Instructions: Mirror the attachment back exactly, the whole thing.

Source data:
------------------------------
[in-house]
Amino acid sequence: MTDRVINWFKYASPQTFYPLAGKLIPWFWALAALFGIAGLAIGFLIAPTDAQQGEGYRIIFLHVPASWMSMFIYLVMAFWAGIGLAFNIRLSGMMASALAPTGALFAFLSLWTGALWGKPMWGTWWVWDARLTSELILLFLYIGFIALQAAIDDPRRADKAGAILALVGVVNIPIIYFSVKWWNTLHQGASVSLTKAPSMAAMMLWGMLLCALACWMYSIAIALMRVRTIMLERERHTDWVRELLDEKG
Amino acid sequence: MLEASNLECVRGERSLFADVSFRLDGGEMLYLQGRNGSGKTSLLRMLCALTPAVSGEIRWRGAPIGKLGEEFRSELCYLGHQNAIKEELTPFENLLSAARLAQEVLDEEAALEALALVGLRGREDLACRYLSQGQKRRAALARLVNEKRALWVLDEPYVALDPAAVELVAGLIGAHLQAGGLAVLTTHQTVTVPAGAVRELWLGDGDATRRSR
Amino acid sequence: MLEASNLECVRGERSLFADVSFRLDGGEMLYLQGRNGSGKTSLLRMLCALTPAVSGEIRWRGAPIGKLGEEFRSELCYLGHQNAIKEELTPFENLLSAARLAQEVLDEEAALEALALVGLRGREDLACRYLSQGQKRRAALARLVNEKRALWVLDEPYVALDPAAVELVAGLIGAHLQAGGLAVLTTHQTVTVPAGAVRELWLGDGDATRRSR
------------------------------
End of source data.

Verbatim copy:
[in-house]
Amino acid sequence: MTDRVINWFKYASPQTFYPLAGKLIPWFWALAALFGIAGLAIGFLIAPTDAQQGEGYRIIFLHVPASWMSMFIYLVMAFWAGIGLAFNIRLSGMMASALAPTGALFAFLSLWTGALWGKPMWGTWWVWDARLTSELILLFLYIGFIALQAAIDDPRRADKAGAILALVGVVNIPIIYFSVKWWNTLHQGASVSLTKAPSMAAMMLWGMLLCALACWMYSIAIALMRVRTIMLERERHTDWVRELLDEKG
Amino acid sequence: MLEASNLECVRGERSLFADVSFRLDGGEMLYLQGRNGSGKTSLLRMLCALTPAVSGEIRWRGAPIGKLGEEFRSELCYLGHQNAIKEELTPFENLLSAARLAQEVLDEEAALEALALVGLRGREDLACRYLSQGQKRRAALARLVNEKRALWVLDEPYVALDPAAVELVAGLIGAHLQAGGLAVLTTHQTVTVPAGAVRELWLGDGDATRRSR
Amino acid sequence: MLEASNLECVRGERSLFADVSFRLDGGEMLYLQGRNGSGKTSLLRMLCALTPAVSGEIRWRGAPIGKLGEEFRSELCYLGHQNAIKEELTPFENLLSAARLAQEVLDEEAALEALALVGLRGREDLACRYLSQGQKRRAALARLVNEKRALWVLDEPYVALDPAAVELVAGLIGAHLQAGGLAVLTTHQTVTVPAGAVRELWLGDGDATRRSR